Jakarta, Indonesia: Outdoor Cinemas Feature Blockbuster Indonesian Film- A Review of 'Laskar Pelangi'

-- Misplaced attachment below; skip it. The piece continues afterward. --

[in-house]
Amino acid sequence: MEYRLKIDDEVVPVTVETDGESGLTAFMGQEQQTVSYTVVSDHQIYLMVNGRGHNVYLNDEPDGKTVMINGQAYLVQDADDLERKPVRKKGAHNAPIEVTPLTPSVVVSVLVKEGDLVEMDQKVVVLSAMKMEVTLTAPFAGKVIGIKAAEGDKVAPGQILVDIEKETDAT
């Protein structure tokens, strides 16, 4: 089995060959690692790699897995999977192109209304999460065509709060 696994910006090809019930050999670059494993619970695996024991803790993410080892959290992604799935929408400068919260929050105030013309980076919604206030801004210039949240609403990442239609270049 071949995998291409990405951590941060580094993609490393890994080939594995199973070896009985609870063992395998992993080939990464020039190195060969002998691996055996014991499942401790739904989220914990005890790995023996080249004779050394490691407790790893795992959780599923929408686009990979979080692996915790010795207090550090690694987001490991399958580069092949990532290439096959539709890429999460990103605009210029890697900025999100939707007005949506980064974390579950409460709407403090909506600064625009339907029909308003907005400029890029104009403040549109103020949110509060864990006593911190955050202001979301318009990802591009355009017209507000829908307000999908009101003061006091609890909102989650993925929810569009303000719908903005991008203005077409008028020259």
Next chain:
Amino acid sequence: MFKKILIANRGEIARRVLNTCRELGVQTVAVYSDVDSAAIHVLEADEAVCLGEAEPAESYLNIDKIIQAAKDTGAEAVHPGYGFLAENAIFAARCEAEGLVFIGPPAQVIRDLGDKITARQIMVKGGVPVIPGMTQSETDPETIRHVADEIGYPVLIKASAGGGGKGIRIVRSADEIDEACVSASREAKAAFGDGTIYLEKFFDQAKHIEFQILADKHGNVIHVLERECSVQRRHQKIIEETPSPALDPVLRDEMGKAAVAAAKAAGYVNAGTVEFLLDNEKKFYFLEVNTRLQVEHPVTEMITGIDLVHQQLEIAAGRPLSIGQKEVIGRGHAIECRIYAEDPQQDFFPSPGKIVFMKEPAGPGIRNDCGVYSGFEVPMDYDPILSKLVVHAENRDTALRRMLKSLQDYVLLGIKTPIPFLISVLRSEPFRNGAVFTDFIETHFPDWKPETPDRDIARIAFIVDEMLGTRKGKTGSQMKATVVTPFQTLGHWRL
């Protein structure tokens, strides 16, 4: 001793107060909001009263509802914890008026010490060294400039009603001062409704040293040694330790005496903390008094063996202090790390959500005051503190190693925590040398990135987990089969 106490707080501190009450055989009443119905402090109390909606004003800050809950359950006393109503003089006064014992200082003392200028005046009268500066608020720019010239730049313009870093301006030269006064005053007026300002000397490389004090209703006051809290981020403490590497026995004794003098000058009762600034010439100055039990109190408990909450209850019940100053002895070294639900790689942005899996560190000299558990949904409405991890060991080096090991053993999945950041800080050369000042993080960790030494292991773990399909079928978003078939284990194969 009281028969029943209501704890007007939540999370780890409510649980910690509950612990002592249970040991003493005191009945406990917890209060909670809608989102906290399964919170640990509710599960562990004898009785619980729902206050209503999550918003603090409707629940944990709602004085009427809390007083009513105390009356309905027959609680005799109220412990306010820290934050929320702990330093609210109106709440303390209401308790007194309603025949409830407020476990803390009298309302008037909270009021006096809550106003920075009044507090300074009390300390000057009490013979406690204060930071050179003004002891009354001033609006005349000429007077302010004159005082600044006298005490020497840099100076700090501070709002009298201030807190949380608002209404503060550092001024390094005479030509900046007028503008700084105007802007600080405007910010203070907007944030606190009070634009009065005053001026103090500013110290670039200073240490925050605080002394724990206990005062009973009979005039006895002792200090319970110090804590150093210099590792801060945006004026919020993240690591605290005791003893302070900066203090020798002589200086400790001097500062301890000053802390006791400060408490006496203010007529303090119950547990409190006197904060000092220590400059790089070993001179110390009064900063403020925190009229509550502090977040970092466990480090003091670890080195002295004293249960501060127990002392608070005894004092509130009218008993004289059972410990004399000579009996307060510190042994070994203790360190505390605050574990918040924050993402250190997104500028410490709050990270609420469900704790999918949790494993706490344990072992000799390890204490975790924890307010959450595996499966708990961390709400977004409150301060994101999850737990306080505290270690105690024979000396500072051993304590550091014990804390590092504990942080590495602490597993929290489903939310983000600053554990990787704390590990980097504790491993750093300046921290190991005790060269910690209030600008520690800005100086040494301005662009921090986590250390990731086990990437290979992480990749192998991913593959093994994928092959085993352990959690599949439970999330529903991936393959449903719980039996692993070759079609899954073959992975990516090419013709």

In the fall of 2008, "Laskar Pelangi", or "Rainbow Warriors" hit the theaters of Jakarta and quickly soared to the top of popular films in Indonesia. The film was soon shown all over the country, including several outdoor cinemas to cater to the poorer villages of the nation. The native-made film was popular with audiences and critics alike, and was acclaimed as a heart-wrenching yet uplifting account of the plight of Indonesian children. The following is a review of the Indonesian film from the Jakarta Post. You can read the original blog post about the outdoor movie event here. Among five local films released in fall of 2008 that caught spend-happy audiences of the holiday season, only one was preceded by a massive buzz which helped it to skyrocket past its competition to a much deserved position of relative commercial and critical success. Laskar Pelangi (Rainbow Soldiers) opened at approximately 25 screens in cinemas around Jakarta, many of which were full houses. This success prompted cinemas to allocate additional screens the following day, almost doubling the film's initial coverage. Coupled with the fact that critics from various publications had clamored to lavish praise on it (present company included), the film may well have a good shot at outdoing Ayat Ayat Cinta (Verses of Love)'s box office success earlier that year. Laskar is a film adaptation of Andrea Hirata's literary phenomenon that first appeared on shelves in 2004 and quickly became the highest selling local novel of all time. With eager anticipation from the book's gargantuan fan base, as well as a roster of A-listers and veteran actors attached to the project, the film was pretty much a guaranteed hit right from the start. Set in the Sumatran island of Belitong, the film opens with the adult Ikal (played by Lukman Sardi) returning to his birthplace after a number of years away. From there it flashes back his first day at school, with two teachers -- Bu Muslimah (Cut Mini) and Pak Harfan (Ikranagara) -- who have been eagerly waiting for students to enroll at their decrepit Muhammadiyah primary school. Since the district school board had already declared that their little school must close because it didn't meet the ten-student minimum, this particular day is obviously a nervous affair for both teachers. Fortunately, ten students (mostly children of poor laborers) do sign up, forming a little enclave of first-graders christened with a titular moniker by Bu Muslimah. Five years pass, and the majority of the film takes place in the student's fateful fifth grade, chronicling the ups and downs of the Rainbow Soldiers through the eyes of young Ikal (Zulfani), the bright son of a clerk (Mathias Muchus) in the local lead mine. Besides Ikal, the eclectic group comprises an assortment of characters -- mainly Lintang (Ferdian), a fisherman's son who turns out to be a mathematical genius and Mahar (Verrys Yamarno), a musically obsessed dreamer who is never without a radio by his side. Supporting characters include among others Harun who is an intellectually challenged boy; Akiong, a cheerful lad of Chinese descent; Sahara, the token girl; and Kucai, the mischievous and petite-sized class monitor. The crucial move director Riri Riza and producer Mira Lesmana made right was their decision to cast local Belitong children without prior acting experience in the main roles. After all, both Riri and Mira are known for discovering new talent who go on to A-list stardom (for example Rachel Maryam in Eliana Eliana, the main role in Ada Apa Dengan Cinta/ What's Up With Love). While several members of the young cast are noticeably awkward in acting roles (they're wisely kept off center stage), Zulfani and Ferdian gave impressively natural performances as the two leads, possessing a purer brand of innocence that sets them apart from more experienced big-city child actors commonly found in local TV serials. Zulfani's Ikal has a lovable myriad facial expressions that are mirrored in audiences' reactions to the story. When he experiences the sheer joy of his first love with a local Chinese girl, viewers smile joyously with him. And in the one moment in the movie that he weeps, his tearful face and the guttural cry that comes with it are so heart-wrenching, there is nary a dry eye in the house. At the emotional core of the film lies the character of Lintang. From the first moment he appears on screen as a scrawny boy of barely six years old who rides a bicycle for miles just to attend class, through to the ironic twist of fate life deals him in the third act, he is the poorest of the poor, and the one audiences' hearts go for. In the enrollment scene, for example, even among a roomful of unfortunate people, he is the only one with neither an accompanying parent or shoes. One can almost read the dogged determination to survive that's permanently etched into his face. Veteran actor Ikranagara, of the 80s classic Kejarlah Daku Kau Kutangkap (Chase Me And I'll Catch You) gave a commendable performance as Pak Harfan, clearly portraying his character's altruism and generosity of spirit. The only minor flaw in casting lay in picking Cut Mini for the central role of Bu Muslimah. She gave a rather stiff performance that somehow failed to do justice to a wonderfully written character, despite great chemistry with her young co-stars. Speaking of wonderful writing, the script admittedly takes a few liberties with the novel, adding a couple of teacher characters to the film that don't appear in the novel. However, this addition rightfully adds further depth to the character of Bu Muslimah, highlighting her inner turmoil in devoting her life to her students. Even author Andrea Hirata has been quoted as saying that his beloved story was made all the better with these changes. In addition to co-writing the script with Mira and Ayat Ayat Cinta scribe Salman Aristo, director Riri Riza managed to retain the humor and pathos of Hirata's book, painting the film with sweeping, epic camera strokes that perfectly capture the gorgeous Belitong location. Riza also manages to sneak in a little visual homage to other films, from well-known blockbusters Gladiator and The Shawshank Redemption, to the more obscure Last Life in the Universe. Kudos is also due for the real-life couple Aksan and Titi Sjuman for dynamically scoring the film with an eclectic mix of instruments that successfully captures the ephemeral spirit of childhood. Although it drags a little in the second act, Laskar bounces back to deliver the goods in its third. Following a climactic scene involving an interschool competition, the final fifteen minutes packs an emotional wallop worthy of ten handkerchiefs, and perhaps even more remarkable is that it does so with minimal on-screen tears. Add Nidji's bittersweet theme song to wrap up the film, and there it is: one of the most affecting and poignant endings ever committed to Indonesian celluloid. In a country where critical acclaim rarely equals a commercial hit, Laskar offers a glimmer of hope to the quality of the local movie industry. It's heartening to note that for once, instead of watching one of the excruciatingly bad run-of-the-mill flicks that have littered our screens of late, the masses are actually rushing to watch a truly good local film -- and one that makes audiences' hearts soar on their way out of the theater. Source: "Literary hit arrives on silver screen to much acclaim" by Iskandar Liem -The Jakarta Post. Read full article at: http://www.thejakartapost.com/news/2008/10/05/literary-hit-arrives-silver-screen-much-acclaim.html.